This weekend’s wedding between Chelsea Clinton and Marc Mezvinsky has, not surprisingly, evolved into a national story. But one surprising angle has emerged as a mainstream story – the interfaith angle. Clinton is a Methodist, Mezvinsky is Jewish. The interest in this aspect of their marriage has become quite a hot topic in the secular press. The Washington Post is running a five-part online series about interfaith marriage, along with guest columns on the subject. The Early Show on CBS had on a “relationship expert” to talk about the issues raised by intermarriage. And back in March, the Associated Press asked if there was a Jewish wedding in store for Chelsea (Rabbi Jason Miller of Detroit claims to have it on good authority that the wedding will be co-officiated).
One recent article though looks at the relationship in a bigger sense. Writing in the Huffington Post, Rabbi Irwin Kula, President of CLAL-The National Jewish Center for Learning and Leadership, believes the Clinton-Mezvinsky wedding tells us something “important, challenging and hopeful” about both religion and “the nature of America.”
In his piece, titled “From the Cathedral to the Bazaar: What Chelsea Clinton’s Wedding Says About Religious Syncretism,” Kula explains how a family with multiple identities “is the new reality.” Some religious leaders find this “horrifying,” while others see it as an incredible opportunity to provide “wisdom and practice… that is accessible, usable, and good enough” to guide today’s generation – and their children – towards a more “ethical, vital and loving” life. Kula doesn’t sugarcoat the subject – “Yes, there will be loss,” he writes – but he also offers an optimistic vision of what lies ahead:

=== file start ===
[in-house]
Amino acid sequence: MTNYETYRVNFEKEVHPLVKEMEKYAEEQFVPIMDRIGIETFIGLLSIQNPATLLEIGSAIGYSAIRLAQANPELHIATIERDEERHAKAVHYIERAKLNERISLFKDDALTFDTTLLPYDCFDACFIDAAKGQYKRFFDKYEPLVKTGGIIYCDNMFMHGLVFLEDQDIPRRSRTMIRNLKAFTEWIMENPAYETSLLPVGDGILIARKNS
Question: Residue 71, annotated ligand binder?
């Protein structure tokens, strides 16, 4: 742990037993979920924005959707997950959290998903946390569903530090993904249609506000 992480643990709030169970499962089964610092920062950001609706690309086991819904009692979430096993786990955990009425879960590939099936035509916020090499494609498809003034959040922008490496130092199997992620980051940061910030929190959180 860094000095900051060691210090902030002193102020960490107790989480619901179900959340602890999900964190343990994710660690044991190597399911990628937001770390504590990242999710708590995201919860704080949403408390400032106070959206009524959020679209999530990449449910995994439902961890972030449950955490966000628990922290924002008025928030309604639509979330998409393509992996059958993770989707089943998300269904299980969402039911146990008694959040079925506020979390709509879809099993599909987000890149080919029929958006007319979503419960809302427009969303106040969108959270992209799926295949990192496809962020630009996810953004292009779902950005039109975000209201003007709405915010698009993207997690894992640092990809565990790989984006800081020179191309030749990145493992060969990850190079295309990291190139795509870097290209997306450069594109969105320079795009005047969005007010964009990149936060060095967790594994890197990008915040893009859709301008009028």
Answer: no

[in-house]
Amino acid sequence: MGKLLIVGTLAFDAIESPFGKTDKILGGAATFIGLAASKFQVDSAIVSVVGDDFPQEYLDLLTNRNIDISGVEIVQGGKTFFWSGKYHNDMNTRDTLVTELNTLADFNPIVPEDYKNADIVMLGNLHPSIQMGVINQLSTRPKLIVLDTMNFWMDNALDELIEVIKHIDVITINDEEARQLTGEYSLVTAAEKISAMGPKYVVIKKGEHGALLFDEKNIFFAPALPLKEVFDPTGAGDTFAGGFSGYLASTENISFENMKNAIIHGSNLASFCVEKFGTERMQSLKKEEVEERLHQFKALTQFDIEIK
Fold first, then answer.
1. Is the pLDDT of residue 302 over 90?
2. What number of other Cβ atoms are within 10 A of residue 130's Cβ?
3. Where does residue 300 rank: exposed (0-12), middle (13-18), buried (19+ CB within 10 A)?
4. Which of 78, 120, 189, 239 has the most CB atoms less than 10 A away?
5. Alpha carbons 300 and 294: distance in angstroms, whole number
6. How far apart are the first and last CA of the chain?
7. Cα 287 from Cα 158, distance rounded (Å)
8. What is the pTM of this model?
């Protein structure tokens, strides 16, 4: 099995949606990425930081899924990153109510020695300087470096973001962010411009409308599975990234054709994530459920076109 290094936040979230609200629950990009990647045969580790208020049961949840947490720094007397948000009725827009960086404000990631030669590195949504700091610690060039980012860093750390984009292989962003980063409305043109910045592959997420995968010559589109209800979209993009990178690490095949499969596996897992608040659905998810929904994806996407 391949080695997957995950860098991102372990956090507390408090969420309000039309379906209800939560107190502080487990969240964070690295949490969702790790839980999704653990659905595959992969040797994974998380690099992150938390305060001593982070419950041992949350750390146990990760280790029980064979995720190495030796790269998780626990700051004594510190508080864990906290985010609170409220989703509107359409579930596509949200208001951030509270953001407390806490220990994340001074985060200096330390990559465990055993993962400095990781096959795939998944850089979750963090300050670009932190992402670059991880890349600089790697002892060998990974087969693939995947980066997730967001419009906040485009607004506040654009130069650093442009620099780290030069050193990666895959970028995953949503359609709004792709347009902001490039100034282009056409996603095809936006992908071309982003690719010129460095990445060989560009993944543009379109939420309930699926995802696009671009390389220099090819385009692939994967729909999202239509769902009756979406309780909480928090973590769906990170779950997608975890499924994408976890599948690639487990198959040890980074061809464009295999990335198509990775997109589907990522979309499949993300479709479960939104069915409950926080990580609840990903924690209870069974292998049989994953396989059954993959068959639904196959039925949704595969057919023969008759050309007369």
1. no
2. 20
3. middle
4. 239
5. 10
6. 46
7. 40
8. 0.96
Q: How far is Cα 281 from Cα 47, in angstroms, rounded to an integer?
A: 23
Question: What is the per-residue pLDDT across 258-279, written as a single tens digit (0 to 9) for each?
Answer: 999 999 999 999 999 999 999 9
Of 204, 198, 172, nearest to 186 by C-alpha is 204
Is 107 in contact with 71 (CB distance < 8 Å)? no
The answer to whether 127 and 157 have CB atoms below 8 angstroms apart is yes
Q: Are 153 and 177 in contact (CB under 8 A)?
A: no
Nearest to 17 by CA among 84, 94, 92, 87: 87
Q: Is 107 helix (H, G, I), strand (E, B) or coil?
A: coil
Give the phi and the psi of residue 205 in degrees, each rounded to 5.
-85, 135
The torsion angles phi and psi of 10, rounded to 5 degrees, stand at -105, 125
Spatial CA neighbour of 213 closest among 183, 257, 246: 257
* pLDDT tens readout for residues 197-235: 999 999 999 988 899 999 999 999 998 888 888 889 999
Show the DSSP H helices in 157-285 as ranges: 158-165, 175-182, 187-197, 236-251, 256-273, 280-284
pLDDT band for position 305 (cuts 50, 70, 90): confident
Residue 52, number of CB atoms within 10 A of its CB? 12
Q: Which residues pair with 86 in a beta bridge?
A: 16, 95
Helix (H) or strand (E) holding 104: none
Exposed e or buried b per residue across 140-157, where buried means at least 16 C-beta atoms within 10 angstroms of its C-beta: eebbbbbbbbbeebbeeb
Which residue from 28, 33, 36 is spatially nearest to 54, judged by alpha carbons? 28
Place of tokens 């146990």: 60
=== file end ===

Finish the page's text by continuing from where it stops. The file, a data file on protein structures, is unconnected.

“…This loss can open space for a new reality, one that holds the potential for a much richer and better world as we transcend the exclusivity of our creeds, dogmas, and tribes, and — here is the contemporary challenge — as we include the best of our inherited traditions. Loving each other across boundaries and building families to which multiple traditions are brought is far better for the planet than what our religions have too often done: demonizing the other.
The more people love each other, and the more people with different inheritances and traditions form intimate relationships and families, the better we will understand each other across all boundaries, and the wiser we will be at knowing what from our rich traditions we need to let go of and transcend, and what we need to bring along with us to help us create better lives and build a better world.”
For the Jewish community, this means looking at outreach not as a numbers game, but as something more. We are moving into a future where we will see more mixed faith couples. Barriers don’t exist as they used to. We should embrace the opportunities we have to share the meaning and value of Judaism with interfaith families and all those who now find themselves linked to the Jewish community.
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